The Zoo Story is play that’s themes can relate to people today. These themes are very universal to today’s standards and well chosen for the plays plot, which fills into the storyline itself. Such themes used within the play are isolation, social outcast, and loneliness. Even though the themes may not apply to some people, they may express how many people may feel or describe people in their general outlook in life. The author really put deep emotions into his themes to really touch the readers and make them feel what the character is feeling. All of the themes tie together evenly to each specific part Jerry explains about his life.
The first theme used within this story is isolation. Regardless of who you are, most people have felt isolation at one point in time during their life. Anyone can really relate to this theme the author used in this play. Jerry feels isolated from the world because he has no one to turn to or talk to. No one really knows if he chooses to be like this or not though. Jerry’s isolation keeps him from communicating with other people while he lives by himself in a room in a 4-story boarding house. Jerry could have isolated himself from everyone else as a defensive trait. Jerry could have been afraid of something harming him or in that sort of nature so he chose to isolate himself from people in general so no harm could come to his well being.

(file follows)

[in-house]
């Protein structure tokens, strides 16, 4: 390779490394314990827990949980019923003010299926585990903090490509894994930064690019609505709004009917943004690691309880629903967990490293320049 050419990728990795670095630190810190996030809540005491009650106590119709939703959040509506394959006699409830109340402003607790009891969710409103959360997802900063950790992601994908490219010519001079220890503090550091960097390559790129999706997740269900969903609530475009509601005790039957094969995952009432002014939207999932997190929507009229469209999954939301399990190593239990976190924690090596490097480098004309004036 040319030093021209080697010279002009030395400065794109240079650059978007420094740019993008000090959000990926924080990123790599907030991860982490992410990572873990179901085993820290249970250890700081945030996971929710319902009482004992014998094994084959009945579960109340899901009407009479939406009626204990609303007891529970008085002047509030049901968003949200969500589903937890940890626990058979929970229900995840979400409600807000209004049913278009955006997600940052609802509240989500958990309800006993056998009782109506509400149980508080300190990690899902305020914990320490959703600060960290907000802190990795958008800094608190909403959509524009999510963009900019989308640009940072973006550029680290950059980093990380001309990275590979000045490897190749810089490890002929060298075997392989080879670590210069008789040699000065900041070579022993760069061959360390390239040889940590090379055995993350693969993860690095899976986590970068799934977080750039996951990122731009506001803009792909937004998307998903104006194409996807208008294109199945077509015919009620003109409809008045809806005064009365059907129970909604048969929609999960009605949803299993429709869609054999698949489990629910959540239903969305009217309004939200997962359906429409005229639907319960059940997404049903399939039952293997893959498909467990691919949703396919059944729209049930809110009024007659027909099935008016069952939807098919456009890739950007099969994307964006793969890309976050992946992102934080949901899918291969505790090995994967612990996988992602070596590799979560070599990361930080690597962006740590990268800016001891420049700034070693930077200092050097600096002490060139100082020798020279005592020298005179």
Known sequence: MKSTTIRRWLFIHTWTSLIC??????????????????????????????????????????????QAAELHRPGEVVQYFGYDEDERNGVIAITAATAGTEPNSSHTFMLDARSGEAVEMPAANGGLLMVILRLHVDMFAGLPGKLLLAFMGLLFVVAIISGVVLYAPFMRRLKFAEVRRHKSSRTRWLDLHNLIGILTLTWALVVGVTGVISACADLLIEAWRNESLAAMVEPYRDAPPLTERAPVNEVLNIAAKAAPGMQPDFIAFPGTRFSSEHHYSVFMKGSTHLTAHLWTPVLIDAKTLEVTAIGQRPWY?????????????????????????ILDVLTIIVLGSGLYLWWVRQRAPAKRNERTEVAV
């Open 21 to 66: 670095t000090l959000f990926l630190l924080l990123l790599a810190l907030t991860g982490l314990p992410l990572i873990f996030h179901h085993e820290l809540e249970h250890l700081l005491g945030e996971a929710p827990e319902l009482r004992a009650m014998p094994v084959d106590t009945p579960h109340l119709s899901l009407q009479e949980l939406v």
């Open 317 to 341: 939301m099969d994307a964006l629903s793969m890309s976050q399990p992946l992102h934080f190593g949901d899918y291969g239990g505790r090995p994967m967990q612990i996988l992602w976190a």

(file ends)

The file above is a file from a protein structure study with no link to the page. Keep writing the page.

The second theme is social outcast. Jerry himself is a social outcast. Jerry feels that he is portrayed as being rejected by society, even though it is him that chooses to reject himself from society. In turn Jerry is being a loner instead of being a social outcast that is portrayed as the theme of the play. Jerry explains his life to a random man sitting on a park bench. He explains to Peter, the man on the bench, about his life by starting a conversation about what has happened at the zoo in order to talk to Peter. Jerry keeps anticipating Peter on what happened at the zoo but refuses to tell...
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